Alternatively, you can opt for a one-stop solution such as Shopify, BigCommerce, Squarespace or Wix, where they take care of hosting, templates and domain names, but comes with a monthly fee.
What’s the cost to maintain a website?
Apart from monthly hosting fees, software fees, and other expenses, you should invest in marketing your website. This depends on your website’s goals. You can spend as low as $5 a month or thousands of dollars to get new customers daily.
You can look into:
- SEO tools such as Woorank
- Marketing tools such as HubSpot, Buffer
- Advertising your site on Facebook and Google
4.Growing website traffic
(By Ben Foster, The SEO Works)
What should you track in your website to measure success?
“What value is my website generating for my business?”
If you’re a business owner, this will be fundamental to your overall growth plan, and if you are a marketing manager it will help keep the boss happy! It’s great talking in terms of website “hits” - but this just scratches the surface. You may get a lot of visits but are they adding value to your business?
The first step is to use a web analytics software, such as the free Google Analytics. Then, start thinking about your site’s goals. Consider the purpose of your website. For example:
- Do you want to increase product sales?
- Are you looking to capture leads or enquiries?
- Do you need to improve customer satisfaction?
- Are you looking to generate more online engagement for your business?
- Are you conducting any marketing campaigns with your website?
These are 5 common website goals frequently tracked by SMEs:
1. Contact/enquiry form completed
The goal is to get website visitors to contact you, leave a message or request a call back. They can all be classified as leads for your business.
2. Product purchased
This is critical for ecommerce sites. You can measure things such as:
- Revenue generated by each product
- Total revenue
- Number of products sold
- Number of unique purchases made
- Average price of products
- Average value of orders
- Performance data based on a date range
- Number of days and sessions leading to a transaction
3. Key content downloaded or viewed
Another form of lead generation is by providing something of value to your website visitors, such as a free e-book, brochure or template. Often, visitors will need to give their email addresses in exchange for the freebie. You can measure how many visitors downloaded your freebie or viewed key pages on your site.
4. Registration or Subscription
If your site takes registration, this is another goal to track. Furthermore, someone subscribing to your emails demonstrates an engaged customer, or perhaps a great lead.
5. Social engagement
You can measure the number of shares, views, comments, bounce rate, and average time on page for your content. A highly engaged audience can turn into loyal customers given the right offer and incentive.
What is SEO?
Search engine optimization (SEO) is the technique of improving the ranking of a website or a web page in a search engine's unpaid result. This is often referred to as "natural", "organic", or "earned" results. Unlike a paid listing, ranking high organically means your website is there based on merit and is considered one of the most relevant sites for that specific search.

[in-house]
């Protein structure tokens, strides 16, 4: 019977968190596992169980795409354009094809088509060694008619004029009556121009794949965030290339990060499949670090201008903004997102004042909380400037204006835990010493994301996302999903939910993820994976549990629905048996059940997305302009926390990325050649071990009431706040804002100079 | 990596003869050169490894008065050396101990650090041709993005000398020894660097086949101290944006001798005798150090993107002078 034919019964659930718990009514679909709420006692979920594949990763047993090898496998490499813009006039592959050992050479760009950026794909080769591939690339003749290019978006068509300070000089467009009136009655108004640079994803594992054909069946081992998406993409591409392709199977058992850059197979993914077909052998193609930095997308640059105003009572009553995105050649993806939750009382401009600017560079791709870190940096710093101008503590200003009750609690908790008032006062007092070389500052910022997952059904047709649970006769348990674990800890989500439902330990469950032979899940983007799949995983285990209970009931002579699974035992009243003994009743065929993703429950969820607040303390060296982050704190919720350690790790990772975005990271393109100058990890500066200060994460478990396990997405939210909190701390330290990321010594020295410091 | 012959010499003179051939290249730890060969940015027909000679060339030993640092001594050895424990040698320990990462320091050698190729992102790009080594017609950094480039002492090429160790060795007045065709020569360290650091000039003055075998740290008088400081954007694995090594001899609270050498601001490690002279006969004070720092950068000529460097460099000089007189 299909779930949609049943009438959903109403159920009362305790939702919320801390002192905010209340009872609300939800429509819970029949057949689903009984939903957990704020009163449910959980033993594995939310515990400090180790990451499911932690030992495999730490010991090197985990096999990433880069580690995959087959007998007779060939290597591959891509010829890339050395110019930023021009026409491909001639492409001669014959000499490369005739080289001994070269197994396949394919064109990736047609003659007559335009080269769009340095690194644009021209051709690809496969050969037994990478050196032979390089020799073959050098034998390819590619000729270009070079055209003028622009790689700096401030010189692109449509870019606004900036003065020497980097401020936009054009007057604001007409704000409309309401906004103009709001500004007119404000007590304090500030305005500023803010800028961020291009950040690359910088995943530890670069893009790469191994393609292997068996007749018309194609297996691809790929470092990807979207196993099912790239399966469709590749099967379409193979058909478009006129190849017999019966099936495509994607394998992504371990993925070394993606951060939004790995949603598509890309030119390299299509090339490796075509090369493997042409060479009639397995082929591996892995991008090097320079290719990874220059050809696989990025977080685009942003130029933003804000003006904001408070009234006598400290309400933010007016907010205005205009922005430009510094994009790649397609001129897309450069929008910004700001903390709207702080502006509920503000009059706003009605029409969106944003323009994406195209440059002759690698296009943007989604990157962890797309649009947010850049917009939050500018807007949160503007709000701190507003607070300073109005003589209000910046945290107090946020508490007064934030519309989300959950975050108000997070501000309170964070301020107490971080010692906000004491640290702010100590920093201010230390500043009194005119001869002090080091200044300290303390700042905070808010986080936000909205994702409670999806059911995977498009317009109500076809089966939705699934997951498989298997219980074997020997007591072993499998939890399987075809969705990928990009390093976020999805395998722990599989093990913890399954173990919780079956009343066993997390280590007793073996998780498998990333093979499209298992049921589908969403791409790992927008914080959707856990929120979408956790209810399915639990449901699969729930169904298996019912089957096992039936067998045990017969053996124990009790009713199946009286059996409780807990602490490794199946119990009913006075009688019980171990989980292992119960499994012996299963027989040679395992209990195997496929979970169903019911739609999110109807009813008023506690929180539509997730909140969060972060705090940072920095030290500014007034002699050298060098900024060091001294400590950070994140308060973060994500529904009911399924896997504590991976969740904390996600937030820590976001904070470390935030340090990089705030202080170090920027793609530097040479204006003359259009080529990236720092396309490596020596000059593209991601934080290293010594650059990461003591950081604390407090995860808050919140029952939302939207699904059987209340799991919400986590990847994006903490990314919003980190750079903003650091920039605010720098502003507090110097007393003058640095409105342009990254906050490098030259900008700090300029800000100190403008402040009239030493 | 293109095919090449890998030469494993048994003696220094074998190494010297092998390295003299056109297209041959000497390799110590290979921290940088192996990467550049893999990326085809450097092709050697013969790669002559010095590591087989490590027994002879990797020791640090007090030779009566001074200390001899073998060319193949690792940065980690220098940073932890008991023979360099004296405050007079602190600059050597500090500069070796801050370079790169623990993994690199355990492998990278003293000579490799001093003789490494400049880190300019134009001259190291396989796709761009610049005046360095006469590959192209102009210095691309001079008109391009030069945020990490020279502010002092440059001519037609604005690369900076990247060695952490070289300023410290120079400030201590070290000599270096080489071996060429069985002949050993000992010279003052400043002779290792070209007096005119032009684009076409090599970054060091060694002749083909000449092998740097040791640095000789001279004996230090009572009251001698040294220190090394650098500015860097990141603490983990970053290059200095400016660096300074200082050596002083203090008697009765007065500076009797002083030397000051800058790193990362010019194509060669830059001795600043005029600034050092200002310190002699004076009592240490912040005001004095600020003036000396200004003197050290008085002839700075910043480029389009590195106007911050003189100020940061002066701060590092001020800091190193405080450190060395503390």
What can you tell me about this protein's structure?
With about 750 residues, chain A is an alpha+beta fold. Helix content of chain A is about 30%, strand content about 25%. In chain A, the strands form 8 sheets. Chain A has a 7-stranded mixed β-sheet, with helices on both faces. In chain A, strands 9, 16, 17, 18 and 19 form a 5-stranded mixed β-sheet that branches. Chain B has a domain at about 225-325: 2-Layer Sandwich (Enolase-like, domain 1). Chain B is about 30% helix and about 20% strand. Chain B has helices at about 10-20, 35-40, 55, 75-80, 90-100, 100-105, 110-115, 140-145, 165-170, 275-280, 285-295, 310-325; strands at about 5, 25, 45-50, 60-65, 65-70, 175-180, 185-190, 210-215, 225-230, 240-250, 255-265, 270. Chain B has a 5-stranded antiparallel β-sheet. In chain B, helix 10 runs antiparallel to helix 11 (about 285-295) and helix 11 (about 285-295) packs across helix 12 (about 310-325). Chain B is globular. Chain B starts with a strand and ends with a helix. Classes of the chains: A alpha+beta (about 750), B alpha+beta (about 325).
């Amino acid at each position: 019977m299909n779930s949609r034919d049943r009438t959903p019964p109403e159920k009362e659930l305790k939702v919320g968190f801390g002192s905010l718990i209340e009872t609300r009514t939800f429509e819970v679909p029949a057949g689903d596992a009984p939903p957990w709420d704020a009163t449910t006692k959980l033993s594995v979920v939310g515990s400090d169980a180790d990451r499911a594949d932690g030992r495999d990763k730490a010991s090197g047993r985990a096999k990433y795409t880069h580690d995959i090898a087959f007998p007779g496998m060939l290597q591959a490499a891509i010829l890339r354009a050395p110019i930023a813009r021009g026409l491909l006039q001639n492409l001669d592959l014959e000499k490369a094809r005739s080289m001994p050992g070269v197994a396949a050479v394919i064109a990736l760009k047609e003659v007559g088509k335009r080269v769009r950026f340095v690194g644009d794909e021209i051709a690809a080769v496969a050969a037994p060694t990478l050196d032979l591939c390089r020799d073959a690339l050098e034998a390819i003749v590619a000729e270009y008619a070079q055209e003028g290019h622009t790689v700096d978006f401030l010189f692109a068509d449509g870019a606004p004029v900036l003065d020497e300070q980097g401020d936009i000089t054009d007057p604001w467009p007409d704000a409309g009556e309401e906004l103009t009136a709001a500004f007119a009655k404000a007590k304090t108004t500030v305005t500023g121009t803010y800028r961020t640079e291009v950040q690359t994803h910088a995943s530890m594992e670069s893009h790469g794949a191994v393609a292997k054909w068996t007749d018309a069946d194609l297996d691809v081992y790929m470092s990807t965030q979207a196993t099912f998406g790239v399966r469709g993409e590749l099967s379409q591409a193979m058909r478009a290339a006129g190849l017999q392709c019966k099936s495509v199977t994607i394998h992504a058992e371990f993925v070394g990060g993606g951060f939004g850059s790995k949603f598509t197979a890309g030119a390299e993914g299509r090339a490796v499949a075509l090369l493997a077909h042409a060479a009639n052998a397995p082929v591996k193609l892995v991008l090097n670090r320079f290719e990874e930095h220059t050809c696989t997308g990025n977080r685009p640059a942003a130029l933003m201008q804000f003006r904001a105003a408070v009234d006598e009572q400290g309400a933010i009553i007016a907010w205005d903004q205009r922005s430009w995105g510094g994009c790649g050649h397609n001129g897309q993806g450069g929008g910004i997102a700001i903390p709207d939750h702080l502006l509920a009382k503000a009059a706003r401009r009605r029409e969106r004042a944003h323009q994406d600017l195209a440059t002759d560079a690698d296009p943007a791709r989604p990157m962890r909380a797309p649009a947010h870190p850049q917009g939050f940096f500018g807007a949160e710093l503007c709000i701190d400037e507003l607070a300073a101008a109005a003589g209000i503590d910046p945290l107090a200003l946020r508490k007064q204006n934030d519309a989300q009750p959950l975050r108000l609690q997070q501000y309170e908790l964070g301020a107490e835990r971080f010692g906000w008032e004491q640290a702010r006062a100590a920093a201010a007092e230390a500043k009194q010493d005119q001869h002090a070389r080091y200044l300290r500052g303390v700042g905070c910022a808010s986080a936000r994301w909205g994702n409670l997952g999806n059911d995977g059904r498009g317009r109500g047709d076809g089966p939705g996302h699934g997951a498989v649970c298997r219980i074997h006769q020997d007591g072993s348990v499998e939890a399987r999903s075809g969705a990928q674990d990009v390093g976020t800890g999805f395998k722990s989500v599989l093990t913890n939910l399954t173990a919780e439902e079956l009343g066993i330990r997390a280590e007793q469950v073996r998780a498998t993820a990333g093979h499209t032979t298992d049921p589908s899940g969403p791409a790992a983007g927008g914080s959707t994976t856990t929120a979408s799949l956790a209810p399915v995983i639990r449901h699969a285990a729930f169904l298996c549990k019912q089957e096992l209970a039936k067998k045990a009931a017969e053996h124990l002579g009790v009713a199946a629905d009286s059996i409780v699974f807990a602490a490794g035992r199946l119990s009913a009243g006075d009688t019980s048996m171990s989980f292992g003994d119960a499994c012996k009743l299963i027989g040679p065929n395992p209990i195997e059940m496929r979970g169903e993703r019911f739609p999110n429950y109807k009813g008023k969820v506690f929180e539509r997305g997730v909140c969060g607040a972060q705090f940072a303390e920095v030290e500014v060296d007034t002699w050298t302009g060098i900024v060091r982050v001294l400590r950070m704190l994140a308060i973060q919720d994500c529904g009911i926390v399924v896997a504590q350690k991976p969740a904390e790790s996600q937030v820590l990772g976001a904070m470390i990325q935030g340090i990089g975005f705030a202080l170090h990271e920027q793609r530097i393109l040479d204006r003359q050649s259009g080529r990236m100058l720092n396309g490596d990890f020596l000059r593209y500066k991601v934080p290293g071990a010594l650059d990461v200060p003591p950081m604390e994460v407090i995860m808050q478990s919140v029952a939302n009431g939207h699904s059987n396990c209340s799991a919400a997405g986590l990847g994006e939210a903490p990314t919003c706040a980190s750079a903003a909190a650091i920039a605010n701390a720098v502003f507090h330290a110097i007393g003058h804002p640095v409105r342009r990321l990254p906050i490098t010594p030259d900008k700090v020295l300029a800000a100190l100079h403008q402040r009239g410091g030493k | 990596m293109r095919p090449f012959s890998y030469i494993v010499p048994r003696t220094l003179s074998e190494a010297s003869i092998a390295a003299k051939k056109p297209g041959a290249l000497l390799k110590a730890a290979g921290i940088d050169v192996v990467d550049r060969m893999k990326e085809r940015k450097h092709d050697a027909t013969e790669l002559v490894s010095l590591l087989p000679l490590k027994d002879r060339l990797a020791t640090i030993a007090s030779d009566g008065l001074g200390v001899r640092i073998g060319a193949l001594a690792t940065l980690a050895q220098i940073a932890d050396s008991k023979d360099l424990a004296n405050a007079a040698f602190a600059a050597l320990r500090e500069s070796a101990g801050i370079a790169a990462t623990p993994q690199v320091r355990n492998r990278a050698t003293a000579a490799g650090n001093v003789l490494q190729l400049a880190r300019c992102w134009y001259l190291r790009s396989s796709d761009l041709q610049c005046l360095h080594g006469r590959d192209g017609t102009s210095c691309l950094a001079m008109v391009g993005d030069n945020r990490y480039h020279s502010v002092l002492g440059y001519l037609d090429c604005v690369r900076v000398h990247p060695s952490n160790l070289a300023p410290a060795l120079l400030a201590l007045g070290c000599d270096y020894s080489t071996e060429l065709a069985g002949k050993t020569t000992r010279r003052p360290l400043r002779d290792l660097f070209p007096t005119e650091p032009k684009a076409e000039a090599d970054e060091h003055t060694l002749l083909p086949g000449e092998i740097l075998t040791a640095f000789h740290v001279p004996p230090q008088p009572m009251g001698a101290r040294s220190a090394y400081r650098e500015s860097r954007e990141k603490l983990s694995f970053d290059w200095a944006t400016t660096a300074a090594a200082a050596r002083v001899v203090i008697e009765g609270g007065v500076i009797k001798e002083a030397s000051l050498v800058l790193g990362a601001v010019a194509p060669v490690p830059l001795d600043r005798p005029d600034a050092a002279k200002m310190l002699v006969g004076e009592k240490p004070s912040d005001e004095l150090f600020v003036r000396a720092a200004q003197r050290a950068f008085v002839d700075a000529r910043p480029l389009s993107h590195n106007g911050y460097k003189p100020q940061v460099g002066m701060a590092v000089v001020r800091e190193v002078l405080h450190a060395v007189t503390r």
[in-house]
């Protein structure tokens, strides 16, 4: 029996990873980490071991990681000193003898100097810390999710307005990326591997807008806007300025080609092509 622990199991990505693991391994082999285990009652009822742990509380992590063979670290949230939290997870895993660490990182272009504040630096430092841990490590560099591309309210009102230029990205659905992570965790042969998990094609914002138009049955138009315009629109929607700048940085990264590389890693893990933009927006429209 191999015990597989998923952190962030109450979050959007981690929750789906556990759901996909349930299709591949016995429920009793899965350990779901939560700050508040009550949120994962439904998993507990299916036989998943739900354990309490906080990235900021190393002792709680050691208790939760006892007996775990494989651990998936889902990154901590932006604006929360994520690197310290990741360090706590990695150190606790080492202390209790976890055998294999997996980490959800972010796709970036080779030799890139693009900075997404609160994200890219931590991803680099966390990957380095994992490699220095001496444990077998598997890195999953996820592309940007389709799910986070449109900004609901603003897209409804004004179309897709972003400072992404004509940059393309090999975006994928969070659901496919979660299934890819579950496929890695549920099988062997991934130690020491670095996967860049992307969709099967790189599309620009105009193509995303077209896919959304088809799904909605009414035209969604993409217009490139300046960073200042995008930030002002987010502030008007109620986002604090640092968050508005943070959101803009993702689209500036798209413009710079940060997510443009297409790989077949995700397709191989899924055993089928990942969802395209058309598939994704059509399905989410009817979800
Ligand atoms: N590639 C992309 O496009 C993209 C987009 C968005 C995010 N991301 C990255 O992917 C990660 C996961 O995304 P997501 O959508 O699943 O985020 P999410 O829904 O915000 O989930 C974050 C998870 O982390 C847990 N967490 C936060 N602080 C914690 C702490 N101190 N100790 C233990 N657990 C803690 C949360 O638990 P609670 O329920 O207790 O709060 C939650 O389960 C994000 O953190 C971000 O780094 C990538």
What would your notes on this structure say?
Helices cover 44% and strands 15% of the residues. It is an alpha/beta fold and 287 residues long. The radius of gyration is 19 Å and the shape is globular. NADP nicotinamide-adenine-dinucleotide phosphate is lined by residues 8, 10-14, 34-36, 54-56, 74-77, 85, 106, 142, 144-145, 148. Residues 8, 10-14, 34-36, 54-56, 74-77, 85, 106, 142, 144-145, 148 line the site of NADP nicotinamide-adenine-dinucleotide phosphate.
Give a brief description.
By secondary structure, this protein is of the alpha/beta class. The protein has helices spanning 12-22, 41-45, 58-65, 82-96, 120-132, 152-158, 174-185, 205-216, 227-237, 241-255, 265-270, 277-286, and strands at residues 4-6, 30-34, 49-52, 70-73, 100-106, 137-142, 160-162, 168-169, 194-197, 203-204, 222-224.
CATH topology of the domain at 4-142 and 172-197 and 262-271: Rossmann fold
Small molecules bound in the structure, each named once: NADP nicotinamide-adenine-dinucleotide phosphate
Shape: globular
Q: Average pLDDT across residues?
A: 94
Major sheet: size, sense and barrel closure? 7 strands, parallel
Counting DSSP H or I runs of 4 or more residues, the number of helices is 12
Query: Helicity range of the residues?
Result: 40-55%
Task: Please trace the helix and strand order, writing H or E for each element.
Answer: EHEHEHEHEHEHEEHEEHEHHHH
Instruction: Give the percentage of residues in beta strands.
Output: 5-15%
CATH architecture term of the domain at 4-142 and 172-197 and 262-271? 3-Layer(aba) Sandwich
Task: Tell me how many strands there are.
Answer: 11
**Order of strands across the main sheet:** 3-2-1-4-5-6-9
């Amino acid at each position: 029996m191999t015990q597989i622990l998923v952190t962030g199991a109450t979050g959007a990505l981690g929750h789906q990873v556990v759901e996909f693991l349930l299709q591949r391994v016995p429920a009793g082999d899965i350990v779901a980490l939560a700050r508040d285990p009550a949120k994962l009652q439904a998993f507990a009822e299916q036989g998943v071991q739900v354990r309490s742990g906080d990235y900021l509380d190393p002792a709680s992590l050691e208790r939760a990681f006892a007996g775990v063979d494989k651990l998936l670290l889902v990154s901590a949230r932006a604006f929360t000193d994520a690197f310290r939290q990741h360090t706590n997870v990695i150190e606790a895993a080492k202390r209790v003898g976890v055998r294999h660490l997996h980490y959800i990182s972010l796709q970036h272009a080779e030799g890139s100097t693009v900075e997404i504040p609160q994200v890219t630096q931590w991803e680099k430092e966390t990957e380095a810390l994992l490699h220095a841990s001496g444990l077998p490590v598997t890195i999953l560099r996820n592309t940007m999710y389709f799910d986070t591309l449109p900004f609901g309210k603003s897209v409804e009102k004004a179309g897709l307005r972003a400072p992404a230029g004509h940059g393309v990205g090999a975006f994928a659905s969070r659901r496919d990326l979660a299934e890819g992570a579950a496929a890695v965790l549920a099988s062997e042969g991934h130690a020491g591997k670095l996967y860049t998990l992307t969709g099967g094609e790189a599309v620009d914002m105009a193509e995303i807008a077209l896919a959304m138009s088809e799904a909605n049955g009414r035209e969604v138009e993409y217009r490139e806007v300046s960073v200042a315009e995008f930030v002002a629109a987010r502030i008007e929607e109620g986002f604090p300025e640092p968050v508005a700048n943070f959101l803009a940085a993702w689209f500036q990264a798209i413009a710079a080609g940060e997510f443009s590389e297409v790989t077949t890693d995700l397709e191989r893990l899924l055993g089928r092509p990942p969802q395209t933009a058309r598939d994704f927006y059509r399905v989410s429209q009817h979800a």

SEO remains one of the most cost-effective marketing strategies. It is more of a medium-term investment, as it can take time for your rankings to improve. In some cases, the ROI is over ten times the equivalent of paid advertising.
How do you use SEO to grow web traffic?
Start with a strategy
A successful SEO strategy is built around a detailed research into how your target audience is searching online for the product or service you offer. First, you need to consider the most popular searches in each phase of your target buyers’ journey.
Then, identify which keywords are relevant to your business. Finally, research your competitors and assess how they perform in comparison and pull all the data into a keyword map.
Consider ranking factors
There are around 200 organic ranking factors but as a macro view, there are 3 pillars of SEO: content, links, and technical optimisations.
- Content: You need unique and relevant content that are optimised for search.
- Links: Building a fantastic network of backlinks will be a key part of improving your ranking. However, quality is better than quantity. Never buy backlinks. Instead, earn them through relationships, partnerships, and great content. Be cautious of bad links that are pointing to your site, as it can damage your SEO efforts.
- Technical Optimisation: Search engines are robots and it needs to “see and understand” your site. You need to review and amend technical aspects of your website such as meta data, code to text ratio, 404 errors, site speed, and internal links which are crucial for online ranking.
Benchmark your site
There are plenty of paid and free benchmarking tools. They look at your online visibility, social profiles, conduct basic technology checks, and give a health score. They help to identify your strong and weak areas to improve your ranking.